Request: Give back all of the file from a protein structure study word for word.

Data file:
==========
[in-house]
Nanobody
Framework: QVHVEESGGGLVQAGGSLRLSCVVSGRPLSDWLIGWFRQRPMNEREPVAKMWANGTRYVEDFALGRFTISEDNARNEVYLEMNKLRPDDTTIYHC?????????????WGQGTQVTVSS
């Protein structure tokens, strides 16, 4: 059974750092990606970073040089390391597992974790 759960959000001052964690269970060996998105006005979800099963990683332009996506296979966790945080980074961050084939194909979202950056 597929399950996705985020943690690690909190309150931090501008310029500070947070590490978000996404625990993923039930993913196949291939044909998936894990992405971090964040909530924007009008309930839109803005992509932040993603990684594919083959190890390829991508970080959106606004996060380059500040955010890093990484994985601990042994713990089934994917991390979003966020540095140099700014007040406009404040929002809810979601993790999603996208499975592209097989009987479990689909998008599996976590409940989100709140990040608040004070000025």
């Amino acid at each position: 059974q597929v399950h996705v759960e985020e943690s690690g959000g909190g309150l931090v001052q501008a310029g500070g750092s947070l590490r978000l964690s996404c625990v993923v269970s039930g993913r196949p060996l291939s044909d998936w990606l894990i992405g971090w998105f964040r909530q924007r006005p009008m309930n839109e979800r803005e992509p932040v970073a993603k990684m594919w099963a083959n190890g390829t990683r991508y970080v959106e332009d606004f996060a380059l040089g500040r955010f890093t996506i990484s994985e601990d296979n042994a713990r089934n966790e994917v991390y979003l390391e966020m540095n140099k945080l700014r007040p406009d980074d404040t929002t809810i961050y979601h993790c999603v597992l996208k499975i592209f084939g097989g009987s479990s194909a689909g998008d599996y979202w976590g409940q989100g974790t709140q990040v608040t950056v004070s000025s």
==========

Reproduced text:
[in-house]
Nanobody
Framework: QVHVEESGGGLVQAGGSLRLSCVVSGRPLSDWLIGWFRQRPMNEREPVAKMWANGTRYVEDFALGRFTISEDNARNEVYLEMNKLRPDDTTIYHC?????????????WGQGTQVTVSS
């Protein structure tokens, strides 16, 4: 059974750092990606970073040089390391597992974790 759960959000001052964690269970060996998105006005979800099963990683332009996506296979966790945080980074961050084939194909979202950056 597929399950996705985020943690690690909190309150931090501008310029500070947070590490978000996404625990993923039930993913196949291939044909998936894990992405971090964040909530924007009008309930839109803005992509932040993603990684594919083959190890390829991508970080959106606004996060380059500040955010890093990484994985601990042994713990089934994917991390979003966020540095140099700014007040406009404040929002809810979601993790999603996208499975592209097989009987479990689909998008599996976590409940989100709140990040608040004070000025």
């Amino acid at each position: 059974q597929v399950h996705v759960e985020e943690s690690g959000g909190g309150l931090v001052q501008a310029g500070g750092s947070l590490r978000l964690s996404c625990v993923v269970s039930g993913r196949p060996l291939s044909d998936w990606l894990i992405g971090w998105f964040r909530q924007r006005p009008m309930n839109e979800r803005e992509p932040v970073a993603k990684m594919w099963a083959n190890g390829t990683r991508y970080v959106e332009d606004f996060a380059l040089g500040r955010f890093t996506i990484s994985e601990d296979n042994a713990r089934n966790e994917v991390y979003l390391e966020m540095n140099k945080l700014r007040p406009d980074d404040t929002t809810i961050y979601h993790c999603v597992l996208k499975i592209f084939g097989g009987s479990s194909a689909g998008d599996y979202w976590g409940q989100g974790t709140q990040v608040t950056v004070s000025s």